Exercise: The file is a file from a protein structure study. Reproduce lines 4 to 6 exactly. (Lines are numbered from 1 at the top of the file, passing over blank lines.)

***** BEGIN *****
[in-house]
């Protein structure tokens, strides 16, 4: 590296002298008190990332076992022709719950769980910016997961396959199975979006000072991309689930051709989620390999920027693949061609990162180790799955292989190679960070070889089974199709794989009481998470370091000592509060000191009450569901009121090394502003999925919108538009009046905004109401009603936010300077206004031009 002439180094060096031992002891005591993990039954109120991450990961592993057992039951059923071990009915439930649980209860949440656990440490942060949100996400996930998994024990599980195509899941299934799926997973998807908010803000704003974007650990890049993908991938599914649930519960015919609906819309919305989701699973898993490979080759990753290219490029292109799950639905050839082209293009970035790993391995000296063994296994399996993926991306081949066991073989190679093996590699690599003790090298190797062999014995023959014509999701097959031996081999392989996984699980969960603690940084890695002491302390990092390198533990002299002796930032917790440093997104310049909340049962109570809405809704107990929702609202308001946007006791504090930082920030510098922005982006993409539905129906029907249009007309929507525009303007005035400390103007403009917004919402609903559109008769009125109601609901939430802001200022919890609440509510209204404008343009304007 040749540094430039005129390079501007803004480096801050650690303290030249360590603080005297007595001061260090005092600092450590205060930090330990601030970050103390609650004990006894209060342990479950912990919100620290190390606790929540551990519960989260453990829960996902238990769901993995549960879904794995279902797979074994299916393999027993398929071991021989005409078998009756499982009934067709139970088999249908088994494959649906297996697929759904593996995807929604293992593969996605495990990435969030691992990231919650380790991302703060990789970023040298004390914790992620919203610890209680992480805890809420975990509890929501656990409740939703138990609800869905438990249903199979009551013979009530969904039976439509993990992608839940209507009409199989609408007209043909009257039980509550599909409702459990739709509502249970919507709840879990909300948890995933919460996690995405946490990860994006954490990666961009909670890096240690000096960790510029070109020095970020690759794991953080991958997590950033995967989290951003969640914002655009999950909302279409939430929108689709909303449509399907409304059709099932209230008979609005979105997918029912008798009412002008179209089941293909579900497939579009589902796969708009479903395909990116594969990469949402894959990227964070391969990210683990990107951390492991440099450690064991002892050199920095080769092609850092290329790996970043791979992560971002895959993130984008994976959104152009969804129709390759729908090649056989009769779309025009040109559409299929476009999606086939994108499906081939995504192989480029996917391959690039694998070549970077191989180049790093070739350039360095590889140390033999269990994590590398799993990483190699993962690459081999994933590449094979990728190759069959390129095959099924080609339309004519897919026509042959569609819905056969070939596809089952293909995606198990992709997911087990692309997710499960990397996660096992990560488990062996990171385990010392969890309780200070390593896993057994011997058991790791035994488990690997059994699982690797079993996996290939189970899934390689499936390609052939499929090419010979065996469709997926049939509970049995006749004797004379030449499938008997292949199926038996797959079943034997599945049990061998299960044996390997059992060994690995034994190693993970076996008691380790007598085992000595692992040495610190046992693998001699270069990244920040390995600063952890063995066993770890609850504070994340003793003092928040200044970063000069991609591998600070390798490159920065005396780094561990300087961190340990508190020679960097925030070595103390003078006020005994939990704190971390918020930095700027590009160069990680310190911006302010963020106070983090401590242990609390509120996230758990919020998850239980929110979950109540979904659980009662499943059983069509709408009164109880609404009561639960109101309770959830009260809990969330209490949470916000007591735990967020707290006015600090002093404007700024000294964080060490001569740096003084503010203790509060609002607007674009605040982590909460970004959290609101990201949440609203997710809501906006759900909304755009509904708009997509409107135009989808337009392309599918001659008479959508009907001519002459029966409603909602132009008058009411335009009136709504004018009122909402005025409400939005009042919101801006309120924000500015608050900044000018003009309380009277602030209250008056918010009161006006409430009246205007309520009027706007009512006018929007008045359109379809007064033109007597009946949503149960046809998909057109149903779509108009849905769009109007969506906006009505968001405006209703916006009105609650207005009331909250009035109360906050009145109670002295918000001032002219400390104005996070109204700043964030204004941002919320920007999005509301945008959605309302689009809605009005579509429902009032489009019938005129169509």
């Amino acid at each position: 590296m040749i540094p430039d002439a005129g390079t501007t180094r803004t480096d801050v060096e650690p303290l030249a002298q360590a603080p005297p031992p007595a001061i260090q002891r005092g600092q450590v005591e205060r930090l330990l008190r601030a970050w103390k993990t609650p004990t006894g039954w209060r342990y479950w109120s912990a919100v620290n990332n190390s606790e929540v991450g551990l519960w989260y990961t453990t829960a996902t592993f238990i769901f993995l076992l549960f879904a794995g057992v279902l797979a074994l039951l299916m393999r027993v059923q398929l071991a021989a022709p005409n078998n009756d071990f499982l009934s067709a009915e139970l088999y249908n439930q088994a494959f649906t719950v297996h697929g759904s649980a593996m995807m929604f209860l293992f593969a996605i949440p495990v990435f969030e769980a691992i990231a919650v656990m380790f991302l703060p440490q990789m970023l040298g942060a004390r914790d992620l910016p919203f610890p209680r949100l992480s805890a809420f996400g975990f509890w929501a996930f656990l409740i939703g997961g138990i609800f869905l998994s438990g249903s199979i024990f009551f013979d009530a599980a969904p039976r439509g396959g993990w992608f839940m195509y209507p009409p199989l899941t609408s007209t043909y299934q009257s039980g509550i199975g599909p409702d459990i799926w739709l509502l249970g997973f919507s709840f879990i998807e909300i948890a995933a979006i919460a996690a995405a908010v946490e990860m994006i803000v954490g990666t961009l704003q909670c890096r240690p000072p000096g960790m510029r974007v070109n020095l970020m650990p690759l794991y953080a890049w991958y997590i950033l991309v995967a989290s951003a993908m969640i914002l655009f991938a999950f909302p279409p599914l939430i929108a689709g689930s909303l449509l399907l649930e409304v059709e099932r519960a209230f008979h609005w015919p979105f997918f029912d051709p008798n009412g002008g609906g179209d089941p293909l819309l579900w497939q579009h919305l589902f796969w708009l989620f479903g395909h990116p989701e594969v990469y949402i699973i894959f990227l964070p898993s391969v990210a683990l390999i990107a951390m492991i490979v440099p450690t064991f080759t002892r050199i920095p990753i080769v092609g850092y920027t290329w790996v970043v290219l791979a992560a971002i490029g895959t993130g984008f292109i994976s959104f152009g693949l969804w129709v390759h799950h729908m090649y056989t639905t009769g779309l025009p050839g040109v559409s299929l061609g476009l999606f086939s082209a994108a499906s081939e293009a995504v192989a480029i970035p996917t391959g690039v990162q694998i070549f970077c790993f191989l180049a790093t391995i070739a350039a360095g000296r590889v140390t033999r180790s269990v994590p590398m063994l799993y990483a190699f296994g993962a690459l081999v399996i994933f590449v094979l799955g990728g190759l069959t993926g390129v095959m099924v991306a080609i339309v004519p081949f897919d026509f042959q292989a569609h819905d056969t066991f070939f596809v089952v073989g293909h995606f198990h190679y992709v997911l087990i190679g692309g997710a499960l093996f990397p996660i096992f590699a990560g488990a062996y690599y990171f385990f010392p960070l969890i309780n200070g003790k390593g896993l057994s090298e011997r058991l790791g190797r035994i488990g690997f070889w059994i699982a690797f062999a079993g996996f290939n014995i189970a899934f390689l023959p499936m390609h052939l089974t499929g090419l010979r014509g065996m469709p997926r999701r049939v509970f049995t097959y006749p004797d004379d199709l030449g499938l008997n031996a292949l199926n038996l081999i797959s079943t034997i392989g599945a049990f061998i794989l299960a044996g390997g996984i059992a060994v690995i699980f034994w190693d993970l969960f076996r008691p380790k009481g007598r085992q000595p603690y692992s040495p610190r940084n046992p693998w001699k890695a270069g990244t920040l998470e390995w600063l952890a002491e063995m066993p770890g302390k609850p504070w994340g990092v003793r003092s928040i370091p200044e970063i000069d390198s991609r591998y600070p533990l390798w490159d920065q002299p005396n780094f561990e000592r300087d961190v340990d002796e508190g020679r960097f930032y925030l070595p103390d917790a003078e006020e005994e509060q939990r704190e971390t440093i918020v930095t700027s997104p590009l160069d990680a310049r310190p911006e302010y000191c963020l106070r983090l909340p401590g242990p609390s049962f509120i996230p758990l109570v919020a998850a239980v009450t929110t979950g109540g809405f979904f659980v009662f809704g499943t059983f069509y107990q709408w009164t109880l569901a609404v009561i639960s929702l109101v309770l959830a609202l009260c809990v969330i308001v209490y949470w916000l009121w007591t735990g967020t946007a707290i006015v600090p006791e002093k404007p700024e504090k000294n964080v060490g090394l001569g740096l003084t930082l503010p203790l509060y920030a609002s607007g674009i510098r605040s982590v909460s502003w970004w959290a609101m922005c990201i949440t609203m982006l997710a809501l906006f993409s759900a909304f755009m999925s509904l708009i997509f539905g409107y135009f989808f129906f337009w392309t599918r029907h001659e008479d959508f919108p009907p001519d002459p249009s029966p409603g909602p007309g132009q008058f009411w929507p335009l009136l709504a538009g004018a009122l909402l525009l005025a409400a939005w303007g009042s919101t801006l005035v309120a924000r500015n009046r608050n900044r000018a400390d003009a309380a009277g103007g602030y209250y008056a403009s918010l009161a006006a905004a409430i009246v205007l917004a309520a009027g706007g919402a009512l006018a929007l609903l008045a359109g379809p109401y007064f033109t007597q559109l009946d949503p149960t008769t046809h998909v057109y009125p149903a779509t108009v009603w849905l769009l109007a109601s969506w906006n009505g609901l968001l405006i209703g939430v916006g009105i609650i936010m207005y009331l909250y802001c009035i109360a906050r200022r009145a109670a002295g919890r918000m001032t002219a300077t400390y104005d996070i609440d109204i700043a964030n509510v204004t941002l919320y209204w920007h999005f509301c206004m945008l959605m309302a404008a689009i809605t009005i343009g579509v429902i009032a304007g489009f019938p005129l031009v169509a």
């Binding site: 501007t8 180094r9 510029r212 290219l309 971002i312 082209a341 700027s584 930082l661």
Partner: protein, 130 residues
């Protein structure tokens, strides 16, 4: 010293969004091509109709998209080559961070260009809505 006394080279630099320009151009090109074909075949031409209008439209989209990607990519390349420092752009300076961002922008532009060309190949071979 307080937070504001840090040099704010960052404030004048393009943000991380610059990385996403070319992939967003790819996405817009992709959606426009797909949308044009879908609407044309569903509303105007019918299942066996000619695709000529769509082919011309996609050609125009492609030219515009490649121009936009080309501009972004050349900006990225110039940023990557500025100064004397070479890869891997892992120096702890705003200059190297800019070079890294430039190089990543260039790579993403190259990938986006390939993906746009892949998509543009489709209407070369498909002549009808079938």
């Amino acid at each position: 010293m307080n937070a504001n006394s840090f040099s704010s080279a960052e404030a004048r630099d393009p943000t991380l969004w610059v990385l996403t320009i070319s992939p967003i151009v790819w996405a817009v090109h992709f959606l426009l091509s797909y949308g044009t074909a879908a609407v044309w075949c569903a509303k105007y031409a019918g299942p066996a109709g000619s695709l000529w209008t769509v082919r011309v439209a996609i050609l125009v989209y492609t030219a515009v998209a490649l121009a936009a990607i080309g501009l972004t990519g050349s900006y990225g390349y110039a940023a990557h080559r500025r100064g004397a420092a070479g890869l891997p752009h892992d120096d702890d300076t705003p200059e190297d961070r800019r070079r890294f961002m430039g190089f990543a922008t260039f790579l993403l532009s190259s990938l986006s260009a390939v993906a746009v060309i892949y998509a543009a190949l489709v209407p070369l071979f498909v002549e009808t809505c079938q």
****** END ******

């Binding site: 501007t8 180094r9 510029r212 290219l309 971002i312 082209a341 700027s584 930082l661």
Partner: protein, 130 residues
């Protein structure tokens, strides 16, 4: 010293969004091509109709998209080559961070260009809505 006394080279630099320009151009090109074909075949031409209008439209989209990607990519390349420092752009300076961002922008532009060309190949071979 307080937070504001840090040099704010960052404030004048393009943000991380610059990385996403070319992939967003790819996405817009992709959606426009797909949308044009879908609407044309569903509303105007019918299942066996000619695709000529769509082919011309996609050609125009492609030219515009490649121009936009080309501009972004050349900006990225110039940023990557500025100064004397070479890869891997892992120096702890705003200059190297800019070079890294430039190089990543260039790579993403190259990938986006390939993906746009892949998509543009489709209407070369498909002549009808079938």